An uneventful day at school changed my life. Looking back at its significance, I wish I would remember more of the details of the day, but quite frankly, it was ordinary. The day was finishing with a lesson in RE and the topic was on fertility treatments. Always being naturally inquisitive, I was engaged, this lesson was different. The class wrapped up and we were to go home with the task of completing some research on the subject.
I scribbled in my homework diary “see Chris’s diary”, my twin and for the younger years of my life, essentially my personal organiser, he would’ve written everything down correctly. My parents always took notice of our homework as children and I vividly remember my mother approaching my brother and I, midway through work and saying that she needed to talk to us. My mind rushed to anything that we had done wrong, but this was not the reason. The mood turned serious and my parents explained that when they were younger, they struggled to conceive. They mentioned the help they needed and that my brother and I were conceived through IVF.
With hindsight, my response would be different, but I was young and struggled to deal with it. I had a sense of not feeling “natural” or normal and this was an age when all I wanted to do was fit in. This was when my mum sat me down and explained her journey and the effort put into the treatments they needed. Back in 1990 procedures were different, with lower success rates, they both felt desperate for this to work, with often such little chance.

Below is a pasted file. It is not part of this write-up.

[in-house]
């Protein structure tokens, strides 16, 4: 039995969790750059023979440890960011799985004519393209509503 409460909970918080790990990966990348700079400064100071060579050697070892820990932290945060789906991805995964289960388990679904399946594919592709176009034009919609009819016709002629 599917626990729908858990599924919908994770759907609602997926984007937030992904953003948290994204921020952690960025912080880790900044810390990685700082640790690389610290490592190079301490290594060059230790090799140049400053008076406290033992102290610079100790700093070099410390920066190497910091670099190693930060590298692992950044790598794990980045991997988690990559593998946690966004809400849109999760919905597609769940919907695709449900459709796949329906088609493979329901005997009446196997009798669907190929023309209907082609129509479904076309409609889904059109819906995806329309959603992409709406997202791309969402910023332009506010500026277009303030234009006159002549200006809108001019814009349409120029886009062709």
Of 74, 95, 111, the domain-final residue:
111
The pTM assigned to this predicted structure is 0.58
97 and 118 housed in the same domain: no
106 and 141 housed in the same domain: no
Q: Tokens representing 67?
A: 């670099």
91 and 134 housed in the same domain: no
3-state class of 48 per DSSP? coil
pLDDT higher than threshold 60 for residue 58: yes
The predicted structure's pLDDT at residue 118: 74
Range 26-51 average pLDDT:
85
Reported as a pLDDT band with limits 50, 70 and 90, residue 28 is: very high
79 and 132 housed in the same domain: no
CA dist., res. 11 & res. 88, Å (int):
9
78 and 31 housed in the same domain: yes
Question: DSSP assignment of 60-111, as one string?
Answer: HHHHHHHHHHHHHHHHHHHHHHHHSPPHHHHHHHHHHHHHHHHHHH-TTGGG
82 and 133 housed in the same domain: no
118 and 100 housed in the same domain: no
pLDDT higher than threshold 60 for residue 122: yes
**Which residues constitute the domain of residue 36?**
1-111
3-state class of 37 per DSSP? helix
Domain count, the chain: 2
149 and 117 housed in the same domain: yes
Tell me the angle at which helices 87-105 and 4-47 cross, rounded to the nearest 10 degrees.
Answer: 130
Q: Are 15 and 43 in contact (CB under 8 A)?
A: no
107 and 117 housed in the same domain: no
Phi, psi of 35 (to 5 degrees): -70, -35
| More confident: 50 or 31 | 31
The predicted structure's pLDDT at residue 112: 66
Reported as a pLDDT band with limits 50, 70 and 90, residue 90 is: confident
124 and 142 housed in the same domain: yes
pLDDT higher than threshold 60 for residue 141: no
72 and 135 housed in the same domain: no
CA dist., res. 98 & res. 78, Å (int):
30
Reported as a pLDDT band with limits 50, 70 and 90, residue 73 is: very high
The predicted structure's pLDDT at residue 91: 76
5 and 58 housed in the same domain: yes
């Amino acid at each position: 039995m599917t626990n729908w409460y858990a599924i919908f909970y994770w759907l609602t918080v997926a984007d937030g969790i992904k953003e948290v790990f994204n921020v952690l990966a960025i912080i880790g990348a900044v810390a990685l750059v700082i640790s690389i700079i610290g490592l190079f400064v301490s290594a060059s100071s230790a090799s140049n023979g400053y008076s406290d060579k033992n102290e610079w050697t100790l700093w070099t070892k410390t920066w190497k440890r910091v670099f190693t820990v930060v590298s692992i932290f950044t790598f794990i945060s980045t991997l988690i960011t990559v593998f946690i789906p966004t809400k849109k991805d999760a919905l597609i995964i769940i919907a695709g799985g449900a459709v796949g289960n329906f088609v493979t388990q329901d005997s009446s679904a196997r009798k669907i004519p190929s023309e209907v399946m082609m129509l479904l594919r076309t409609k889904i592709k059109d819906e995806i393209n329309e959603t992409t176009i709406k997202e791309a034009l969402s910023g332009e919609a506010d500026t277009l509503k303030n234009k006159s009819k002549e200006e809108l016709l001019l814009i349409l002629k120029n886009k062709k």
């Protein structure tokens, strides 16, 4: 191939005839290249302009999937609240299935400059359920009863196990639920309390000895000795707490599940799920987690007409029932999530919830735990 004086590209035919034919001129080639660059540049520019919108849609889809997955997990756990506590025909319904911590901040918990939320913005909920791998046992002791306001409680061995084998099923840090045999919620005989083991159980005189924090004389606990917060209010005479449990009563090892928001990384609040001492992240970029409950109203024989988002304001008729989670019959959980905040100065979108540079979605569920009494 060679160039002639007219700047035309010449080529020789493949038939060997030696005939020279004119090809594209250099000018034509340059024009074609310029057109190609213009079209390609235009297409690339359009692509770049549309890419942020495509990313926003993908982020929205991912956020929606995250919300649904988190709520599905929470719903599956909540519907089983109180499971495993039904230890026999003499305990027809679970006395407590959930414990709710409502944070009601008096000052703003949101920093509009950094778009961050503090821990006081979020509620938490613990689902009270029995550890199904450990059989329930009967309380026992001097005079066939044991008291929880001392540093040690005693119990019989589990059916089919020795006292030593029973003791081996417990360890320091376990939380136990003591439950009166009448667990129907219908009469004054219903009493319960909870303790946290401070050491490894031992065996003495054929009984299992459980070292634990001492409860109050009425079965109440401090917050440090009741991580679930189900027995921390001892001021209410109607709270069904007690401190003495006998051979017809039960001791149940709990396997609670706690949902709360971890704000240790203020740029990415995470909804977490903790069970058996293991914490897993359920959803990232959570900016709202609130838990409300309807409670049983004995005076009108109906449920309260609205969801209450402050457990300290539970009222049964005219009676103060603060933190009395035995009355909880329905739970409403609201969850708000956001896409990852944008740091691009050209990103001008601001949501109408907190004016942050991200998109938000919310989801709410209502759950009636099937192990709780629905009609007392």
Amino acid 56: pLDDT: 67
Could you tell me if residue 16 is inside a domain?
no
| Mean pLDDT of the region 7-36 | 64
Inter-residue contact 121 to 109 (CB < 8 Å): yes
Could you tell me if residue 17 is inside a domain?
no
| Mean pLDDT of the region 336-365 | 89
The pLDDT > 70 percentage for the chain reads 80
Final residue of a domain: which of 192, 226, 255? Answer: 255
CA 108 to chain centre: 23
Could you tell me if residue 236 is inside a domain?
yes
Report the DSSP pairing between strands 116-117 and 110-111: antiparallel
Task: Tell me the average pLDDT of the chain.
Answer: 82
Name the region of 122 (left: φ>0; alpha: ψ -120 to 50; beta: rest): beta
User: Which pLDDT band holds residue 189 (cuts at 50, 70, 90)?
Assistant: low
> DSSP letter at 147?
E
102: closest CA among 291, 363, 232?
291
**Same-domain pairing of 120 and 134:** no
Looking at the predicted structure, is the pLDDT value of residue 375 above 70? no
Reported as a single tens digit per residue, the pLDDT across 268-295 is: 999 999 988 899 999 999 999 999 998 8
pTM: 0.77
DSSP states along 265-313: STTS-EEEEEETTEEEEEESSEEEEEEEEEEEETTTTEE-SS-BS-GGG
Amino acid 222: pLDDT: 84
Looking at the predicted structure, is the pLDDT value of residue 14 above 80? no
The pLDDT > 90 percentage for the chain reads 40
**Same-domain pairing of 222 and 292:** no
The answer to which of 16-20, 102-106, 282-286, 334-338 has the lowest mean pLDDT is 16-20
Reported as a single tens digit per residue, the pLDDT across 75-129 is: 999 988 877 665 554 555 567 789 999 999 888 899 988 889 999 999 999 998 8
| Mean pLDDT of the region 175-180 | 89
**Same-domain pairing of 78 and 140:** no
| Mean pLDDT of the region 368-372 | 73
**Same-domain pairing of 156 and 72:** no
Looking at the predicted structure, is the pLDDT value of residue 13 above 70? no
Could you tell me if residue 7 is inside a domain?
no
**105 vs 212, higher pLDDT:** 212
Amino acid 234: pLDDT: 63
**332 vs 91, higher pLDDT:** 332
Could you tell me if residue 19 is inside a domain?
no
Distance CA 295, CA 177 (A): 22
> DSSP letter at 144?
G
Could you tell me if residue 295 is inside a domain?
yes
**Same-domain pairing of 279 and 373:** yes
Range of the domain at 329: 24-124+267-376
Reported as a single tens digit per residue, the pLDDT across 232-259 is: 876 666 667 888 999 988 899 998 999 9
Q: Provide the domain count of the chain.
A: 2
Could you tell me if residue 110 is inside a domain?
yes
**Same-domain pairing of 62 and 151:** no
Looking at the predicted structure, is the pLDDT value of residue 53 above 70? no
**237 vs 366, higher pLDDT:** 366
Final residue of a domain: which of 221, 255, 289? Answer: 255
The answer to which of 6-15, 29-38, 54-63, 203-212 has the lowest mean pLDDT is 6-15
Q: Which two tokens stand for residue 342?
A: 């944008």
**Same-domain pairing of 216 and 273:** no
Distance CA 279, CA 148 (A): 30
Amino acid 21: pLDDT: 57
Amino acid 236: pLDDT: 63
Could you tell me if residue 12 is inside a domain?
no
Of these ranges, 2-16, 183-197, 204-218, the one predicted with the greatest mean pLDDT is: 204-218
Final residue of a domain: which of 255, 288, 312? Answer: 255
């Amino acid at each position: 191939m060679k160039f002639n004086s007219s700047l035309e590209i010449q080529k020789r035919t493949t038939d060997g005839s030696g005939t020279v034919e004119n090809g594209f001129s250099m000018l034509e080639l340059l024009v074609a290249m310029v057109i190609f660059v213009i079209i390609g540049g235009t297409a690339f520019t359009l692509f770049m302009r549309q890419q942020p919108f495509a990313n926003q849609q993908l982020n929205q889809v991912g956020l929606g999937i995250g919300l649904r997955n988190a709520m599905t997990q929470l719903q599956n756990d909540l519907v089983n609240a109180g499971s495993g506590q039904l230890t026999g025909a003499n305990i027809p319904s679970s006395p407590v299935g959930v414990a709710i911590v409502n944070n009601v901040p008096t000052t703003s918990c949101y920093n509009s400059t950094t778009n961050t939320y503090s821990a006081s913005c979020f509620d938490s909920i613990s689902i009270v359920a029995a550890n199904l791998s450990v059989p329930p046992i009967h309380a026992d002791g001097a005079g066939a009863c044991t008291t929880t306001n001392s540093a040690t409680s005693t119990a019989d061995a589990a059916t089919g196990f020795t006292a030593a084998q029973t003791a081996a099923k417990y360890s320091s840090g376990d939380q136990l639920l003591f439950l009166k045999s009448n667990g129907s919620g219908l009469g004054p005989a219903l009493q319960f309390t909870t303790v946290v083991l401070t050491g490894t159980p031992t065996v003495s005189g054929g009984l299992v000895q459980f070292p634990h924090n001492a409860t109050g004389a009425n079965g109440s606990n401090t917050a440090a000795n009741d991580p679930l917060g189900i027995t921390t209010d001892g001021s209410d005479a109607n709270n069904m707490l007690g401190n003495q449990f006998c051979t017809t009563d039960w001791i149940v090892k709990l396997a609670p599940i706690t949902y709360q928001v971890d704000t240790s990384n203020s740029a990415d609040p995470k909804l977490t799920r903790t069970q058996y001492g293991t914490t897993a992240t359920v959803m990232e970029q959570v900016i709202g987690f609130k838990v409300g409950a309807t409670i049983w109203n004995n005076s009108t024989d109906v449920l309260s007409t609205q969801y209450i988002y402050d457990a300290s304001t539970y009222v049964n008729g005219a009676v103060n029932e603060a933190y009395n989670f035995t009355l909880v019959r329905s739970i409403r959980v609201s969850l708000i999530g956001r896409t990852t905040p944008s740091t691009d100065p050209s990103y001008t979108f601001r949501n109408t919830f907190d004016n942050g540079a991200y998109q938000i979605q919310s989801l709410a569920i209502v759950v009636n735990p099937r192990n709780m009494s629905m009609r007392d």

I can’t tell you why my first reaction was like that, I can only assume that I had heard such a reaction from people before about the subject. Personally, I also believe education in infertility is important. It is very easy at school to be taught how to not get pregnant, the system is slanted towards this, but naively there is a lack of teaching for when things don’t work out as easily, like my parents. This unfortunately leaves out a section of people who will no doubt struggle one day, but equally a group of people who just do not understand what some people have to go through.
After my initial reaction I decided to learn more about the subject and began to understand what my parents undertook, multiple cycles under financial difficulty and in times, not particularly supportive parents; was out of their desire to have a child. My twin and I are lucky to be so wanted and I began to embrace what made us so special. I am very proud of my parents that they supported each other through the whole process, even when I know things became very tough for them. This is not always the case and I also believe that mental health support for infertility is key, it is a very challenging time and reaching out for support should be commonplace.
Fast forward many years and my experiences with my parents and my own curiosity meant that my interest in the subject grew. Nowadays, I am fortunate to carry on my passion, by undertaking a PhD in reproductive sciences with help from Genesis Research Trust. I feel lucky that I can give back, because without the hard work of the pioneering researchers and doctors, I would not be around to tell this story.